A 15-year longitudinal study showed that symptoms of maternal depression are associated with an increase in the number of unhealthy adolescent behaviors.
While unhealthy behaviors were found to be common among adolescents in general, with two out of three engaging in at least one, higher levels of maternal depressive symptoms during middle childhood and adolescence were associated with participation in more unhealthy behaviors at ages 16 to 17. Laura Bechteger, MSc, of the Jacobs Center for Productive Youth Development in Zurich and colleagues report.
Of the 213 participants included in the study, two-thirds reported at least one unhealthy behavior, and a fifth reported three or more unhealthy behaviors. Pediatrics.
One in four adolescents reported poor sleep and an unhealthy diet, two in five reported poor physical activity, and one in seven reported having said too often and smoked at some point.
No gender differences were observed in the total number of unhealthy behaviors, although boys were more likely to report poor diet, while girls were more likely to report physical inactivity and sedentary behaviour.
“It is noteworthy that all associations are small, highlighting that maternal depressive symptoms are not necessarily associated with unhealthy behaviors in adolescents,” Bechtiger and his team wrote. “This points to complex developmental processes of unhealthy adolescent behavior that need to be studied in future research.”
“It would be appropriate to include repeated actions for unhealthy behavior in childhood” in this future research, Bechtiger said. MedPage today. “This will allow us to better understand whether maternal and child depressive symptoms actually precede the unhealthy behaviors of the children, or whether the associations between these symptoms are more dynamic.”
The authors noted that adolescence is the time when children are given new opportunities to engage in unhealthy behaviors, noting that such behaviors as poor nutrition and smoking can be risk factors for cardiovascular disease and cancer later in life.
“Our findings suggest that caring for the mental health of children and parents is important in pediatric practice,” said Bechtiger. “While promoting mental health, including parental health, may not appear to be directly related to pediatric practice, doing so can prevent negative long-term, long-term health consequences.”
Previous research has indicated that up to one in five children in the United States experiences maternal clinical depression.
“Basic depressive symptoms include a lack of energy and motivation. This anhedonia presents a significant barrier to mothers’ participation in health-promoting activities. For example, depressed mothers may lack the energy to be active with their child(ren) and model unhealthy habits, such as sleep patterns Unable to adapt or follow an unhealthy diet.”
“Promoting maternal well-being and mental health is not only critical for mothers themselves, but can contribute to addressing one of the most pressing public health problems by promoting healthy children’s behaviors,” Bechtiger and the team wrote.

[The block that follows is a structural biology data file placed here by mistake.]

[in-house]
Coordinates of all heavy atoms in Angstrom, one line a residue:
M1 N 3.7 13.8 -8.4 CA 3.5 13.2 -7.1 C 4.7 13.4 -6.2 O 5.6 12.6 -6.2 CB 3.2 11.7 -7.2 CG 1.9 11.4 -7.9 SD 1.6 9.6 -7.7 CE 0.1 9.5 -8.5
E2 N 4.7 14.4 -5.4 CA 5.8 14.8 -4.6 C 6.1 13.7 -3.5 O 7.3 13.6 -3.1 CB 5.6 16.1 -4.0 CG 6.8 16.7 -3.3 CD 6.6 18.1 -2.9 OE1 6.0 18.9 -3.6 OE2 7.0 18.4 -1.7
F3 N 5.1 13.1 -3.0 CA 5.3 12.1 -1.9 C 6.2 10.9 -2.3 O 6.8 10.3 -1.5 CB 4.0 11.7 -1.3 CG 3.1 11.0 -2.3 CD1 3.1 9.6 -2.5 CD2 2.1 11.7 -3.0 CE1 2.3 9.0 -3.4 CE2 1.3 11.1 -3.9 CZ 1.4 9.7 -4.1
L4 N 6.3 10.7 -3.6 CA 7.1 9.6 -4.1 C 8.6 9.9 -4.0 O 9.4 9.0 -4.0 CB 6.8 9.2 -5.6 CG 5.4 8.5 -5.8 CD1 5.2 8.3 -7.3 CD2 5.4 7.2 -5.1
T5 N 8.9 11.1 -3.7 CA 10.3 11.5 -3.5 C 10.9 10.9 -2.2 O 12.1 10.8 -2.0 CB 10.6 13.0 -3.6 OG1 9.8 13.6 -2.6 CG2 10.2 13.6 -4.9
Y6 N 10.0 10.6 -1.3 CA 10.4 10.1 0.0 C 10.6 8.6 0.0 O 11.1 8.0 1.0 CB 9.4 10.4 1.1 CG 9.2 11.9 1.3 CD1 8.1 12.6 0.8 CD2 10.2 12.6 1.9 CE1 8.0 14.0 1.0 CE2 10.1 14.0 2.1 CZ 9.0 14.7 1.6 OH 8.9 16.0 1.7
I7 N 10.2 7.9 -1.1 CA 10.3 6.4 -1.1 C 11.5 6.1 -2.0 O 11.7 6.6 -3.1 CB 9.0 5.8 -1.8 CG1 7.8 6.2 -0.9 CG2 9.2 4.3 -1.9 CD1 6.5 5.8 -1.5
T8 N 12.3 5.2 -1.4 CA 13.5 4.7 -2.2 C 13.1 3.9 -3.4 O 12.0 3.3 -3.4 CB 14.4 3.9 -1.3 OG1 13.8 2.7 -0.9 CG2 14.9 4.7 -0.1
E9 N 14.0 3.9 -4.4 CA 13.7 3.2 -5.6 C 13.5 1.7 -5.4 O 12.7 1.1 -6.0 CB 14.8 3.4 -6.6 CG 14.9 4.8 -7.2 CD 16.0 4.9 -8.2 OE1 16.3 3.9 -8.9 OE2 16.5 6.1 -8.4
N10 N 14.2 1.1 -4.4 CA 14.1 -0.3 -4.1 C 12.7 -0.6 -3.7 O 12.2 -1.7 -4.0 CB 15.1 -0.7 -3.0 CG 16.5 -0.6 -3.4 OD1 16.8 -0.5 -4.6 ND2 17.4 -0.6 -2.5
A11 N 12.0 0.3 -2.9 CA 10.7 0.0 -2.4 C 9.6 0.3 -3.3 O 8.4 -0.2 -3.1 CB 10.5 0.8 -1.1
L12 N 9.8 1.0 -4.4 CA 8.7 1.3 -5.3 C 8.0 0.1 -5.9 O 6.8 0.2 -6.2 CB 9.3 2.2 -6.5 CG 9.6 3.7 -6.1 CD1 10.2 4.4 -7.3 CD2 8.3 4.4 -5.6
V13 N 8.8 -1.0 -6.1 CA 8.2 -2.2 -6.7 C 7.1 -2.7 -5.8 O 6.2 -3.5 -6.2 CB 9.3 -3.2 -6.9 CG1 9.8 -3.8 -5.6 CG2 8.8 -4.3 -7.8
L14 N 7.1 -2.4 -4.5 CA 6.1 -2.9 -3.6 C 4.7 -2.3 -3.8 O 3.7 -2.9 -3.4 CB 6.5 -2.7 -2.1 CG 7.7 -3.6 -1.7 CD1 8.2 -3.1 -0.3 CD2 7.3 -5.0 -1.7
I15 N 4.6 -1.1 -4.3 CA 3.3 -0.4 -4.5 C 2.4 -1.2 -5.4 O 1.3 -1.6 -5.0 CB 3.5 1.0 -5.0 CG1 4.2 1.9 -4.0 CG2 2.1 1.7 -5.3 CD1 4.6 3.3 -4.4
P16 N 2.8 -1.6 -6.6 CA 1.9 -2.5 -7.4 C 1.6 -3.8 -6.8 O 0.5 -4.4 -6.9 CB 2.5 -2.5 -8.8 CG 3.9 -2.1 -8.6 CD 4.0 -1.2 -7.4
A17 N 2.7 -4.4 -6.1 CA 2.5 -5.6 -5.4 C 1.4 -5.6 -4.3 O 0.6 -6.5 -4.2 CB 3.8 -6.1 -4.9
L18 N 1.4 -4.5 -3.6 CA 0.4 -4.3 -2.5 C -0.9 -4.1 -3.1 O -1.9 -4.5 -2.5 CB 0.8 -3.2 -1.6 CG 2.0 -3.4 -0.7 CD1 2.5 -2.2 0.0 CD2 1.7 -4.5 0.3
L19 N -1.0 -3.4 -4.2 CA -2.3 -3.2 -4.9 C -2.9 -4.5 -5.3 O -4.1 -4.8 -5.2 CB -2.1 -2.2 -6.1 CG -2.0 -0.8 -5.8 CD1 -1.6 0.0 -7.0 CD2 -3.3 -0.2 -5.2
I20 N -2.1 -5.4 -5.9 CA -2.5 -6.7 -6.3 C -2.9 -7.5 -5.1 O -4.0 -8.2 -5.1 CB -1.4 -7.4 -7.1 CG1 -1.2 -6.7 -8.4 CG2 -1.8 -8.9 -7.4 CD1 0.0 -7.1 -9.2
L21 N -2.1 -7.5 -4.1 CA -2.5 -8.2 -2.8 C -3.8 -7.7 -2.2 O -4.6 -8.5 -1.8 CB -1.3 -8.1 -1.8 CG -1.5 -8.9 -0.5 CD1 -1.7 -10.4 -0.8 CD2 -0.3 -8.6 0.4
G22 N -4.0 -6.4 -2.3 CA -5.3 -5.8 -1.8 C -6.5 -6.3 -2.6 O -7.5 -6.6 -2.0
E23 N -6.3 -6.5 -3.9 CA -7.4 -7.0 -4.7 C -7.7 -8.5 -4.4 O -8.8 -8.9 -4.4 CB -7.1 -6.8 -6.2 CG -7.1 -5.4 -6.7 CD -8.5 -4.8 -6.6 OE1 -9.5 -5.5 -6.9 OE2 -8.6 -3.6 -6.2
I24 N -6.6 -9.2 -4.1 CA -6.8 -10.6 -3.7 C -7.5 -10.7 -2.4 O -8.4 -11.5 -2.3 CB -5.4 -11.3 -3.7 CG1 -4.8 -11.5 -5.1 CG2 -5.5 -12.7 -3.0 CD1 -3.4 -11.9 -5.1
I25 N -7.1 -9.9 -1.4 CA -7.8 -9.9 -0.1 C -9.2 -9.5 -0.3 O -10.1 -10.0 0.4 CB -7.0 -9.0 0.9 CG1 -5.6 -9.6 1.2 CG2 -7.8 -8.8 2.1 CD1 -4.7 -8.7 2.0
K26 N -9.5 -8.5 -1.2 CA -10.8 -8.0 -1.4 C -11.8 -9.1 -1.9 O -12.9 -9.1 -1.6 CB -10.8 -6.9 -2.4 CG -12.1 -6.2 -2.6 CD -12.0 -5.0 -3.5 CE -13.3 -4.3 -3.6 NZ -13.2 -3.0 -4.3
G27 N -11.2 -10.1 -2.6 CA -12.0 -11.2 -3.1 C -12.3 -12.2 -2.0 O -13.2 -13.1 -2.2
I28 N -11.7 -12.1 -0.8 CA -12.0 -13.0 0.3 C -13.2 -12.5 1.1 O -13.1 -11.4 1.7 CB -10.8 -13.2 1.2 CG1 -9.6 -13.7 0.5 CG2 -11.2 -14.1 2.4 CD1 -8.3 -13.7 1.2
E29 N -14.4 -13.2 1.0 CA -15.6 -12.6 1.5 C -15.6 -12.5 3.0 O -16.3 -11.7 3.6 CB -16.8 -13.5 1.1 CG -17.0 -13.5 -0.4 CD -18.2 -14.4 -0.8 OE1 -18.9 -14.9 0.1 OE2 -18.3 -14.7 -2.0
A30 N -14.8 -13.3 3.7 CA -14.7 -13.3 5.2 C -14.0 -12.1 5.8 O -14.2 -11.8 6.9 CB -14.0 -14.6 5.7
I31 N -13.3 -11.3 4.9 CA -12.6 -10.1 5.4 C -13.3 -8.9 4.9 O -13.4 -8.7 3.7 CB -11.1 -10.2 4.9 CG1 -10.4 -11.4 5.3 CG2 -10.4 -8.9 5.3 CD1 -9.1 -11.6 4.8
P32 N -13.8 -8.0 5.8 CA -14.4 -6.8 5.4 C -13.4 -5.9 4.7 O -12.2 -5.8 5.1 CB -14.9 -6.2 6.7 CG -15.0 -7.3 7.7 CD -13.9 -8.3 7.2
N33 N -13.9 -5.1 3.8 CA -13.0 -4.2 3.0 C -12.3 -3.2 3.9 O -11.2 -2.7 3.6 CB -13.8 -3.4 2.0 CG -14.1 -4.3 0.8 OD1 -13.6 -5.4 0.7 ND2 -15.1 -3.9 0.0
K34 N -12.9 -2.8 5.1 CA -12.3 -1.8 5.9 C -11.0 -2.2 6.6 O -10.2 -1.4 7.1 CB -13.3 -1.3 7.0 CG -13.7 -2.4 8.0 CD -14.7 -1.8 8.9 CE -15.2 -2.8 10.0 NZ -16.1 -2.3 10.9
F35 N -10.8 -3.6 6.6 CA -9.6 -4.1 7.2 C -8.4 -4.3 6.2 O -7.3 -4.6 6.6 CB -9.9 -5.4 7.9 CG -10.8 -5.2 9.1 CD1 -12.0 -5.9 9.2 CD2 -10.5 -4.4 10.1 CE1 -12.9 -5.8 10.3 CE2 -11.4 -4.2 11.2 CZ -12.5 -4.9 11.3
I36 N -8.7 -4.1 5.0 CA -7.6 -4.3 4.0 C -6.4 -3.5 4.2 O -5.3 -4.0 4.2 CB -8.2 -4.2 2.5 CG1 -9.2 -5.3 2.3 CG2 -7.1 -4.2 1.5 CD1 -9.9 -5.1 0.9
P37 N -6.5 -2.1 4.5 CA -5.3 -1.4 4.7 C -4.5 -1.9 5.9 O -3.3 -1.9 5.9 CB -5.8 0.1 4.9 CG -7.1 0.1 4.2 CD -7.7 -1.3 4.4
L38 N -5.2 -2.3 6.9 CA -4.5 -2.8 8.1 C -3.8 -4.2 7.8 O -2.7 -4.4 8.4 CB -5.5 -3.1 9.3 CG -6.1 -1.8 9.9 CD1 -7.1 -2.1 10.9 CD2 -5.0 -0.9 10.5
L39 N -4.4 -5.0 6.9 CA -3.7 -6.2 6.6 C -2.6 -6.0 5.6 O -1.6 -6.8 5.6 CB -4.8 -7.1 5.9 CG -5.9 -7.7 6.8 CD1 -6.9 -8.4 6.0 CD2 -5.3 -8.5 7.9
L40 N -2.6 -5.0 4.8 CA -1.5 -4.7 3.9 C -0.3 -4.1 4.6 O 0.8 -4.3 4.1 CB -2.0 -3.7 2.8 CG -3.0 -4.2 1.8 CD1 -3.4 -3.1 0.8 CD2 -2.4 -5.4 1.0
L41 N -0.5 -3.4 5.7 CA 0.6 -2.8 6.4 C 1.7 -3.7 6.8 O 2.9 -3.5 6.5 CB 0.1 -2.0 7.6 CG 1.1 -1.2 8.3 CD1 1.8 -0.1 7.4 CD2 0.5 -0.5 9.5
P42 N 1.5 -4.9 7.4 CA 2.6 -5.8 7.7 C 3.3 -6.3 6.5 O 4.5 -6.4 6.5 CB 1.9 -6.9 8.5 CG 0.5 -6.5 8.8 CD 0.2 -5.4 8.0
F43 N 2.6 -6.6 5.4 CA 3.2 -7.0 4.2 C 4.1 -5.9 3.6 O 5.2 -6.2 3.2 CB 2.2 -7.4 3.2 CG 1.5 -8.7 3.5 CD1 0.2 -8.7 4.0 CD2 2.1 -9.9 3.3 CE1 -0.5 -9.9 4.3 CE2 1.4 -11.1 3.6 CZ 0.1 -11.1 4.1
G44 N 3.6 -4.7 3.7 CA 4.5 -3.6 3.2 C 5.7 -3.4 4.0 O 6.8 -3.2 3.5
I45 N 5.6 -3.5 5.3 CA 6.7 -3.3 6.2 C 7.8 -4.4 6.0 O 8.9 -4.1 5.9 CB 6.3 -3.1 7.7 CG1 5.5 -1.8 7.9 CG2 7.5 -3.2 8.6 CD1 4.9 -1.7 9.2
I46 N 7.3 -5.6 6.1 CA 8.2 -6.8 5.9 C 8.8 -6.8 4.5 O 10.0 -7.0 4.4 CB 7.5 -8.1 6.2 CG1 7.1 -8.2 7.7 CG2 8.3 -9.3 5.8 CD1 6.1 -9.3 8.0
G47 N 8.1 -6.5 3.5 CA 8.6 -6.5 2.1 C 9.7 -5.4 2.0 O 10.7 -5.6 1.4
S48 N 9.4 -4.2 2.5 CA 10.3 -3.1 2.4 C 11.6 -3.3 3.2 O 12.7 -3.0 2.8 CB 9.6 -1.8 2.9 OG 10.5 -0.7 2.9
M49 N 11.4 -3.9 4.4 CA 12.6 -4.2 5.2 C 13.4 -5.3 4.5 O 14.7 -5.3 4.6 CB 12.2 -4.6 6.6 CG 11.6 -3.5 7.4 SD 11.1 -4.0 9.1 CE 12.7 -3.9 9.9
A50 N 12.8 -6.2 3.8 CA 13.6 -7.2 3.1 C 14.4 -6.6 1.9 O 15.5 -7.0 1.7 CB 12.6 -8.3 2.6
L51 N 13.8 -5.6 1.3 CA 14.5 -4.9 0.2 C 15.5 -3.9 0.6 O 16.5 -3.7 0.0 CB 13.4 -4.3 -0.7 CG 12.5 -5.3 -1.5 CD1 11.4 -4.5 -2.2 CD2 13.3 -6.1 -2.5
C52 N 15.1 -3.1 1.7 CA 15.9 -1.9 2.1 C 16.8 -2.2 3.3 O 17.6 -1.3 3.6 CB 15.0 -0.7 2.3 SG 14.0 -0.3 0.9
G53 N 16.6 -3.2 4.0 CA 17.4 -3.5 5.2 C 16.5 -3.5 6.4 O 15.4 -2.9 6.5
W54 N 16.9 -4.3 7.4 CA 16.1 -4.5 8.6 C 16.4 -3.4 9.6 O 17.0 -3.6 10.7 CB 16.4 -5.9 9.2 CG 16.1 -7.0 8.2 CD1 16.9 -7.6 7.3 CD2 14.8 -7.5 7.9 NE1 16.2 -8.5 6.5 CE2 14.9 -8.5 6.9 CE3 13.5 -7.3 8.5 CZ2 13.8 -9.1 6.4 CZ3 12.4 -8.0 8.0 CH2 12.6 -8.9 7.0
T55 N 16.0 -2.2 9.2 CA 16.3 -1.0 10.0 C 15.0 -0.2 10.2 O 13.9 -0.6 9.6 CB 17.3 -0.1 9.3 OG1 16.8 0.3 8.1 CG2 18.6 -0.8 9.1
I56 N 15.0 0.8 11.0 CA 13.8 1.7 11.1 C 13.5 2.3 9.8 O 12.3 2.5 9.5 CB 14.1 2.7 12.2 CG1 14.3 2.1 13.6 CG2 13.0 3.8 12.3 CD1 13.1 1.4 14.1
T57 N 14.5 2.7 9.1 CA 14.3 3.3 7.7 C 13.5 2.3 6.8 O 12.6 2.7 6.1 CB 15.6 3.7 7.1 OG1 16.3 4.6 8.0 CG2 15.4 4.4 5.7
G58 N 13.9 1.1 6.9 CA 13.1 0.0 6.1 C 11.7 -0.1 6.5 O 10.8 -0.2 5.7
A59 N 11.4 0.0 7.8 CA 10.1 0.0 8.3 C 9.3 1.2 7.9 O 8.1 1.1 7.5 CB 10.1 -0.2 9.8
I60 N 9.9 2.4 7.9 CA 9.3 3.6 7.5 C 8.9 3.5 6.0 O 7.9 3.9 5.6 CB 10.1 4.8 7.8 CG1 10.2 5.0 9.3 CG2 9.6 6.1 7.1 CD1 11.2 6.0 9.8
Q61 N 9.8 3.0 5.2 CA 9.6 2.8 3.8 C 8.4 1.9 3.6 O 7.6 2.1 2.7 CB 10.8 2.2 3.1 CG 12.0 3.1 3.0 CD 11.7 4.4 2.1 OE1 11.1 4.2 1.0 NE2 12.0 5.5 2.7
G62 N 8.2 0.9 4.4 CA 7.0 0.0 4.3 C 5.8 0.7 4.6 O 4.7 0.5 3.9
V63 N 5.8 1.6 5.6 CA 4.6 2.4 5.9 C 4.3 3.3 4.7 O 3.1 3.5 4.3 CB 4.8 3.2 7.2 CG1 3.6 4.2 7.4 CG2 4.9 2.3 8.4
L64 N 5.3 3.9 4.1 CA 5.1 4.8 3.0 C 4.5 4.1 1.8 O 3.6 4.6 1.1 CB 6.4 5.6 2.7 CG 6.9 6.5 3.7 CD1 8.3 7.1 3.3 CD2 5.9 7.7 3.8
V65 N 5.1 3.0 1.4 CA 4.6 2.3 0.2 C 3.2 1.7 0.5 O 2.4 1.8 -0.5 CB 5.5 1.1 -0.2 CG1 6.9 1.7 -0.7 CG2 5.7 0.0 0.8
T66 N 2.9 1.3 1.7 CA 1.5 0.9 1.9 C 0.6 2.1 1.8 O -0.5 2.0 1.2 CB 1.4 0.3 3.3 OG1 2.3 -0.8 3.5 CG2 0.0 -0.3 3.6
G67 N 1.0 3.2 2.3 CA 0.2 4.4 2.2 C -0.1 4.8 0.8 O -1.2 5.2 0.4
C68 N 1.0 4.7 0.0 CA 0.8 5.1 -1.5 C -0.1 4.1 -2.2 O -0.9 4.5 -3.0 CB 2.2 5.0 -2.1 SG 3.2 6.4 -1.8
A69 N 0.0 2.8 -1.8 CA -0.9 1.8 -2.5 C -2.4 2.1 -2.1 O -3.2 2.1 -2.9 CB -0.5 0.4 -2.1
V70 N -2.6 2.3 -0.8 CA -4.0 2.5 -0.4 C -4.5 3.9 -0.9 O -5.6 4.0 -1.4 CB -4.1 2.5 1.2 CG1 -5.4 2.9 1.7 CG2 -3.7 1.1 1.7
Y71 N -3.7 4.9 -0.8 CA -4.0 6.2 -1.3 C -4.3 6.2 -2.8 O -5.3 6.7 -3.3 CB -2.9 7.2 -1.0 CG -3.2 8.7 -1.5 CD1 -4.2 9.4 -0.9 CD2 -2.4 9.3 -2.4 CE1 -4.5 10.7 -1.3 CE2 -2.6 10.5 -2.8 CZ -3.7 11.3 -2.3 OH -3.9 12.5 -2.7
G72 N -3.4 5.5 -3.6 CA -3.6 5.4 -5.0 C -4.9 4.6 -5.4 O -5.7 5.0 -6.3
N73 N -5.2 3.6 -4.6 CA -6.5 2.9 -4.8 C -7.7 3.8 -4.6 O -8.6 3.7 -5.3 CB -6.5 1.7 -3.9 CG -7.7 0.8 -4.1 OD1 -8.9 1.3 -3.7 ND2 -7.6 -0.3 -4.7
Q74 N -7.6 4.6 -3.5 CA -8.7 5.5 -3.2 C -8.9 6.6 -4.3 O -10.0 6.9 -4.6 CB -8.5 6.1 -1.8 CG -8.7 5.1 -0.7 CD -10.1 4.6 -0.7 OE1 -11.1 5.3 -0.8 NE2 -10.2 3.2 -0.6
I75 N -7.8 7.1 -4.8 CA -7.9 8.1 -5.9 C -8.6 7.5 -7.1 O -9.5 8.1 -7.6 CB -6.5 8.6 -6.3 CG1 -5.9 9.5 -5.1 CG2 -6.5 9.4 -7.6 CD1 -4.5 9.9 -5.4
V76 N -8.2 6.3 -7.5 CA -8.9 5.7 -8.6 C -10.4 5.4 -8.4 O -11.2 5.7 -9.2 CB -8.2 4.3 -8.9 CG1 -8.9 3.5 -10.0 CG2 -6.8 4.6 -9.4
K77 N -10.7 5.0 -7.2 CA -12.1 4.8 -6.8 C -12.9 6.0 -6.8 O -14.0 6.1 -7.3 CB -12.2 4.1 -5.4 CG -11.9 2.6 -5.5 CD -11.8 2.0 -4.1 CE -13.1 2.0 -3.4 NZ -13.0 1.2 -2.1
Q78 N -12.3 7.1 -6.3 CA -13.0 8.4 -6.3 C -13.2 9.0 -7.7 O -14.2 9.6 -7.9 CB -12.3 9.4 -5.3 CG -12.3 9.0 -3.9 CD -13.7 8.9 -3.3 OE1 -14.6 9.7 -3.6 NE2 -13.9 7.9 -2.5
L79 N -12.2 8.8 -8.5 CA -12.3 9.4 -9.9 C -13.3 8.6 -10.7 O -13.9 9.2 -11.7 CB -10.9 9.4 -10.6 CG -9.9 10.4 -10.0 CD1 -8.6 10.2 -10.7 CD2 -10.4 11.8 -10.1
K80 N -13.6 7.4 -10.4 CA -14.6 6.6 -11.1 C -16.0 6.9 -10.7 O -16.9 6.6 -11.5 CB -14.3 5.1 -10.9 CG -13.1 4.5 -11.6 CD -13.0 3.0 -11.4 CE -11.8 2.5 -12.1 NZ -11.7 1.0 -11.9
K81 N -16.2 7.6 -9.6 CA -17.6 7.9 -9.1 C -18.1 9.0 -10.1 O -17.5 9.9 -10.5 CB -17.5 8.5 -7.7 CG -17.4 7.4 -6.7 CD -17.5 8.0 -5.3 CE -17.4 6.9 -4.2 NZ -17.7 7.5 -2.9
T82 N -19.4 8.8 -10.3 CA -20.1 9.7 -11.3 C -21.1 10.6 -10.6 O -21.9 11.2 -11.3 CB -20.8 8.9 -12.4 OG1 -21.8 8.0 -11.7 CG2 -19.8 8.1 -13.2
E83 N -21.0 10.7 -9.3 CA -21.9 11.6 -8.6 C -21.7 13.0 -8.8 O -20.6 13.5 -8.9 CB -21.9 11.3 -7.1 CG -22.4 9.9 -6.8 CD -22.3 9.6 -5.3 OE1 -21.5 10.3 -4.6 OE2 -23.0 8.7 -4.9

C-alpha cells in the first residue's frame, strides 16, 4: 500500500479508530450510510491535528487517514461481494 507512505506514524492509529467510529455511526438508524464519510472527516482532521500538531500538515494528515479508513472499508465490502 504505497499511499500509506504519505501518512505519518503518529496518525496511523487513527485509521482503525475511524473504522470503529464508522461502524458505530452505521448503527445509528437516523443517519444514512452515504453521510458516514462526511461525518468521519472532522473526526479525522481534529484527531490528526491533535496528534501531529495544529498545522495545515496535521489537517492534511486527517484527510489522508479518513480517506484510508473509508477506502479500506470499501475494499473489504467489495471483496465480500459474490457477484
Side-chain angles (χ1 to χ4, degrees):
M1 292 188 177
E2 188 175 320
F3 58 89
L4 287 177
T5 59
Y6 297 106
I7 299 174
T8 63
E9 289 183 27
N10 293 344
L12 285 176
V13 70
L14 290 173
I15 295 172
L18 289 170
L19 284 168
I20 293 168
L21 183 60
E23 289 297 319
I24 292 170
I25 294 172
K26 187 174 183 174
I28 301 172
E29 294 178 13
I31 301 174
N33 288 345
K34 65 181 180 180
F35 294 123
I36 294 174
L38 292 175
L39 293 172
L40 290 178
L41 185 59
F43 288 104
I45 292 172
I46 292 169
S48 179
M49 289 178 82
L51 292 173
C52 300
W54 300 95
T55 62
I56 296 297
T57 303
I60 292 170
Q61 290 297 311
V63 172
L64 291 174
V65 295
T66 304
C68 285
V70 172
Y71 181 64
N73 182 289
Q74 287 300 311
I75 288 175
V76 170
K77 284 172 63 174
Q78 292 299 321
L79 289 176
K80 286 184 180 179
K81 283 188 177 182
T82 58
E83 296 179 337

“Mental health screening for parents and children in primary care settings, such as child health visits, can be one way to identify affected families early and refer them to relevant resources and services, as well as an opportunity to start a conversation about unhealthy behaviors of adults and children.”
This 15-year prospective, longitudinal community-based study was conducted using data from The right way Health project in North Carolina. Data were collected for children aged 2 to 17 years.
Families were recruited through children’s day care centers, the county health department, and the local Women, Infants and Children program. The final sample included 213 children with a mean age of 16.62 years at the time of assessment. 42% were boys, 65% were white, and 29% were black and middle Hollingshead Index The result was 39.88.
Unhealthy behavior was assessed at 16 to 17 years of age by a cumulative index of adolescent unhealthy behavior based on self-reported poor sleep, poor nutrition, lack of physical activity, sedentary behavior, and smoking. The timing of exposure to maternal depressive symptoms was divided into early childhood (2-5 years), middle childhood (7-10 years), and adolescence (15 years).
The authors note that the frequency of maternal depressive symptoms during early childhood (9.1%), middle childhood (5.7%), and adolescence (13.4%) was low.
The overall indirect effect of maternal depressive symptoms on child depressive symptoms on adolescent unhealthy behaviors was significant (B = 0.08, 95% CI 0.01–0.18). The indirect effect observed by persistence of maternal depressive symptoms was also significant (B = 0.19, 95% CI 0.01-0.39).
Bechtiger and his team noted that unhealthy behavior was only measured in adolescence, which limited the ability to determine the direction of association. In addition, the sample was small in size and unhealthy behaviors were self-reported. Furthermore, the study design was correlative in nature and was not conclusive with regard to causation. Psychiatric diagnoses and use of services among mothers were also not measured.
This study was supported by a grant from the National Institutes of Health.
The study authors did not mention any conflicts of interest.